The new face (mask) of pro road cycling

Saturday’s breathless return of WorldTour racing at Strade Bianche underscored the new reality of road competition in 2020. The events of the last five months added an odd taste to the relief and exuberance generated by the restart.

Before the weekend even began there was the ominous sign of AG2R-La Mondiale’s Swiss rider Silvan Dillier returning a positive coronavirus test and getting pulled from the race. In frustration Dillier openly doubted his positive, but there’s no B sample in this case, Silvan. Into quarantine he went, his training and racing bubble with one fewer rider.

As we had seen in the few July races that proceeded Strade Bianche, riders wore masks at the team presentations–not all teams though–and in the staging areas before the starts. Michal Kwiatkowski and Philippe Gilbert wore them during their pre-race interviews. Stylistically light-hearted Peter Sagan, who didn’t play a big role in the race, sported a “Why So Serious?” Joker-themed mask.

Although there was a lack of fans lining the route, something that led to near silence at the Piazza del Campo for the race’s climax, many wore masks. However, there were also unmasked fans pouring water over the hot, dusty riders’ heads. Again, inconsistency. The next day in France, Ineos complained to organizers of the Route d’Occitanie that there were too many spectators milling around at the finish of the second stage, grabbing riders’ water bottles, some without masks. The finish line was packed.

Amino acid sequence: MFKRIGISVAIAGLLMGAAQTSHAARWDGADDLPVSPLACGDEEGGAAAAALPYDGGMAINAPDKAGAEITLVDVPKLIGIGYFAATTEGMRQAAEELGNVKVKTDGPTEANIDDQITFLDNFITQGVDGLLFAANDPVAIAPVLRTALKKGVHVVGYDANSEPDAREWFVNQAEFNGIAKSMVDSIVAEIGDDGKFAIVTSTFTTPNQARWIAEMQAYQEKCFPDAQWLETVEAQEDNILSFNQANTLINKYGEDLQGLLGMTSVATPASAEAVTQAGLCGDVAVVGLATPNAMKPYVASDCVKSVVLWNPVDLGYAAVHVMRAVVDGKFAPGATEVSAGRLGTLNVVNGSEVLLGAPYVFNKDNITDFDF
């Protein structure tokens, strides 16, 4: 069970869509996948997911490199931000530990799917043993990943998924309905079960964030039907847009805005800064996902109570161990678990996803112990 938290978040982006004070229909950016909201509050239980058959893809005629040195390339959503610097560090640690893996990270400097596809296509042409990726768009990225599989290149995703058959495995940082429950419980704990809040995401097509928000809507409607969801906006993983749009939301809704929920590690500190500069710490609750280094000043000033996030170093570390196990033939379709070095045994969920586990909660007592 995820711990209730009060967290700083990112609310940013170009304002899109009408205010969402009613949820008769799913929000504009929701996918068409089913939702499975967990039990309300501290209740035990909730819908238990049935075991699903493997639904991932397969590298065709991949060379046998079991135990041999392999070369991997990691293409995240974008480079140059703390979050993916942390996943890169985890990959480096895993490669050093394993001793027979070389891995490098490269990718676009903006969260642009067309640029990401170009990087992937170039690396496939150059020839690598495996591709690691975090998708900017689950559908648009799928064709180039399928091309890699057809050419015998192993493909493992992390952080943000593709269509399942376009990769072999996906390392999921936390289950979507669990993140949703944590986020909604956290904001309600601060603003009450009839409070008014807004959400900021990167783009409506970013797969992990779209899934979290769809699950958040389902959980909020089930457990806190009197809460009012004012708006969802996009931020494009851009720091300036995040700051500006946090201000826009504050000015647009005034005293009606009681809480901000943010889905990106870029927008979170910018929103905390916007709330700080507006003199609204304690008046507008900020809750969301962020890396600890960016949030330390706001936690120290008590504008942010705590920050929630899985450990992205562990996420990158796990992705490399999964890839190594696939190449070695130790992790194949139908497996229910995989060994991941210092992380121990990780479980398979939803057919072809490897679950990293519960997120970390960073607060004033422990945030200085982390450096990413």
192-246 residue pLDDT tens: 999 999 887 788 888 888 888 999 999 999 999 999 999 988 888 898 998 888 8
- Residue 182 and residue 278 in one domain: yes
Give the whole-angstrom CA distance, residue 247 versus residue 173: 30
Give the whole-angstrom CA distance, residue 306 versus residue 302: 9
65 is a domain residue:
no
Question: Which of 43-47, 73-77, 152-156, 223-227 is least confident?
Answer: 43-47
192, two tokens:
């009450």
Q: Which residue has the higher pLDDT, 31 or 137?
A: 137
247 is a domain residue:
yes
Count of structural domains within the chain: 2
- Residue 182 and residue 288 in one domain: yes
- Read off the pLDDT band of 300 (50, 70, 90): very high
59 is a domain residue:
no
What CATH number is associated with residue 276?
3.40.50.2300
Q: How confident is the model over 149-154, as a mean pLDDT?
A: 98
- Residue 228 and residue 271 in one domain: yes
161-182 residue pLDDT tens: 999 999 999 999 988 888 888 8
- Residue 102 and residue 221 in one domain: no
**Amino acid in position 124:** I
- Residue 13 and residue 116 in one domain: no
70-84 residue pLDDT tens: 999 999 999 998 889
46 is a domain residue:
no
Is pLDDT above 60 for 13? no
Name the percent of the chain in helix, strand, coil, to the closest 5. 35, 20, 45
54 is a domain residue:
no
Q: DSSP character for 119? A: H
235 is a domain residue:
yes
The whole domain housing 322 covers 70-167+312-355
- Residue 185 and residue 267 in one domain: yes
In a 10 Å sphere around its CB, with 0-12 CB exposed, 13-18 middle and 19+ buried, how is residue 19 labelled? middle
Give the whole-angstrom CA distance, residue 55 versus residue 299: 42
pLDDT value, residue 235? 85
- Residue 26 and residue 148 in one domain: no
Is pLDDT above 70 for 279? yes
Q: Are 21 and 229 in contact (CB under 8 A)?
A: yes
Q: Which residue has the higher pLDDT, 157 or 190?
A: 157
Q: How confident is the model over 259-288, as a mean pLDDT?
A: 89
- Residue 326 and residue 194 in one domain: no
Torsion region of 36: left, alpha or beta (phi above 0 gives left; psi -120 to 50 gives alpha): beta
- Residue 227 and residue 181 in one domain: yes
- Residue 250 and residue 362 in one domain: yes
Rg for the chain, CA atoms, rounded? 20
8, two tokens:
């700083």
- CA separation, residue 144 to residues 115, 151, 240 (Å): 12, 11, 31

Perhaps one of the oddest COVID-19-era scenes in Siena on Saturday was the slightly awkward exchange between winner Annemiek van Vleuten and runner-up Mavi Garcia. Before Van Vleuten could get sponged off by Mitchelton-Scott soigneurs, who would remind the repeat champ that she had to put on mask, Garcia came over to offer her congratulations. Van Vleuten graciously accepted, but didn’t shake the Spaniard’s hand, opting to use her right hand to hold a drink. There was the slightest twitch from the Dutch rider too–perhaps amplified by fatigue–at having someone suddenly close to her, the kind of involuntary lean back from the waist we make, as if to avoid a stiff jab, in the grocery store when an unmasked stranger appears in our six-foot bubble.

Thanks, but as you see I have this beverage.

The mood on social media about the remaining three months of the WorldTour is cautious optimism tinged with doom, and perhaps the tense scenarios in North American sports, especially in Major League Baseball and the National Football League, are informing the latter vibe. The revamped women’s WorldTour calendar has already lost around 20 percent of the races originally scheduled in early May. If race organization and controls resemble those of Strade Bianche instead of Route d’Occitanie maybe we can have some racing into November, however odd it might look and feel.

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